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Speedy Ortiz returns to 123 Pleasant Street tonight

It’s been more than five years since Speedy Ortiz released a new album, but on Sept. 1, “Rabbit Rabbit” dropped. To celebrate, Speedy Ortiz will return for a show at 8 p.m. tonight at 123 Pleasant Street.

Purchase tickets at for $16.

This will be the third time Speedy Ortiz has performed at the venue.

When asked about going back on tour, band founder and lead singer Sadie Dupuis said, “We’ve been having a wonderful time, not only in getting to return to the stage and playing with one another every night, but we’re getting to see a lot of friends we haven’t seen in quite a few years.”

That includes the folks at Bookworm Effects, a Morgantown outfit that creates handmade guitar and bass effects pedals that feature artwork from a number of local artists.

Joining Dupuis on tour are her bandmates Audrey Zee Whitesides, Joey Doubek and Andy Mohot. While Dupuis does the songwriting and the bulk of the arranging, they all have a hand in band projects.

In talking about production for their albums, Dupuis said, “I always make demos and they are pretty fully fleshed out. But in terms of those live band instruments, those go through a lot of rehearsal and arranging. My bandmates will shift their parts in response to another bandmate’s part. I give a blueprint that gives us a direction to go in, but we make a lot of changes together.”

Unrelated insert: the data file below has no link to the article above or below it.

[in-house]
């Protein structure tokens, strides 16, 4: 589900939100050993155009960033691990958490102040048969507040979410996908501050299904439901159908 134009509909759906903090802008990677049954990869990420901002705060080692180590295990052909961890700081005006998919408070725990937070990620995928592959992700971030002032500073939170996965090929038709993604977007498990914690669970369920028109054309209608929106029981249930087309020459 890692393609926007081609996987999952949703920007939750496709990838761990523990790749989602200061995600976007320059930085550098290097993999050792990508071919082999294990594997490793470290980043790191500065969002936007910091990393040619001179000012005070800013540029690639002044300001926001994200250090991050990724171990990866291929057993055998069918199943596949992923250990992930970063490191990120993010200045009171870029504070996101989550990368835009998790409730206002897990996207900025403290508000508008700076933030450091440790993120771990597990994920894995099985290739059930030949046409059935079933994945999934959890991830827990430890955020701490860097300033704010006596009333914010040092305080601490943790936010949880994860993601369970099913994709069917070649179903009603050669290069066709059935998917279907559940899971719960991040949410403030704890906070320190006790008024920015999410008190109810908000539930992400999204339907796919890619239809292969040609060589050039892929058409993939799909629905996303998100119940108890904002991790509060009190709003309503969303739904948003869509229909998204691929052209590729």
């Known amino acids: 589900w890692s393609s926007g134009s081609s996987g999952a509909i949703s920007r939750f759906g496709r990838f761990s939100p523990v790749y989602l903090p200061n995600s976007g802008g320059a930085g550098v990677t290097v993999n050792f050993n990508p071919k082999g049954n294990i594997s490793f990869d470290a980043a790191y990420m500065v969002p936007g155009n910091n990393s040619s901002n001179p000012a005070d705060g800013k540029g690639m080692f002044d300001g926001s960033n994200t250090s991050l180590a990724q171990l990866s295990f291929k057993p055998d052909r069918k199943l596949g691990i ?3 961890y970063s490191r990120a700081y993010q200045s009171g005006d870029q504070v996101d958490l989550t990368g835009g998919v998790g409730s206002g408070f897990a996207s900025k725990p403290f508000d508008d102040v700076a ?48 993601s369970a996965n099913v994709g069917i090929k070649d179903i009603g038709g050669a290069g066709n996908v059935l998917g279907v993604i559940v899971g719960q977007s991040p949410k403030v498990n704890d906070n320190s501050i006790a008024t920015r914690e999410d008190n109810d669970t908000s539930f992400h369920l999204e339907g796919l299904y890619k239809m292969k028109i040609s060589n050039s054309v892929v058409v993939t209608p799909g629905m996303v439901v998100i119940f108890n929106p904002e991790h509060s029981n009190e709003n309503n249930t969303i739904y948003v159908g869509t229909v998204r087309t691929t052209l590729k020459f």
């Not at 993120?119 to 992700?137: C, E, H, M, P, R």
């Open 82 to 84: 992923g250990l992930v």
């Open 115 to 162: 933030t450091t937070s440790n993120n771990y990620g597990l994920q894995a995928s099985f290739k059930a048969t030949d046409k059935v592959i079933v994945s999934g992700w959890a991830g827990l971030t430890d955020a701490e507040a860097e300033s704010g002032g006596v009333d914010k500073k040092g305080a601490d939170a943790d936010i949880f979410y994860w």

Dupuis’ songwriting is always very personal. She said the pandemic and its aftershocks have hurt a number of people in her orbit and she was a part of a group that organized for musicians. As America experiences a resurgence in labor movements in many sectors, Dupuis examined that in this album.

“There’s certainly some ‘arts labor’ motivated lyrics,” she said. “Not only in organizing musicians, but as a freelance writer, I’ve been seeing a lot of my peers organize and unionize and strike when it’s necessary, so there were quite a few songs early in the writing process not only in support of fellow workers, but coming from a place of real anger at the powers that be that create these unsustainable conditions.”

The song “Scabs” delves into this theme, both lyrically and musically. Opening with a distorted acoustic sound, it then moves into a crunchy electric guitar line that leaves the listener feeling mildly unsettled. This backs up the lyric, “Breaks are out ’til feet below, four on the floor in plague and snow.”

But rather than holding onto anger, Dupuis also wants to examine what motivates it.

“I wanted to take a step back and think about why I so quickly go to this place of anger as a writer. That brought me to thinking about my childhood and some childhood abuse I experienced that I hadn’t really disclosed publicly. So some of the songs became about that and processing those memories.”

Even though delving into these emotions can be difficult, Dupuis can’t imagine writing any other way.

“Basically, I can’t help myself. If I think it’s going to serve the song, I will put myself in an uncomfortable position. I just feel like I’ve got to put all of my guts into it.”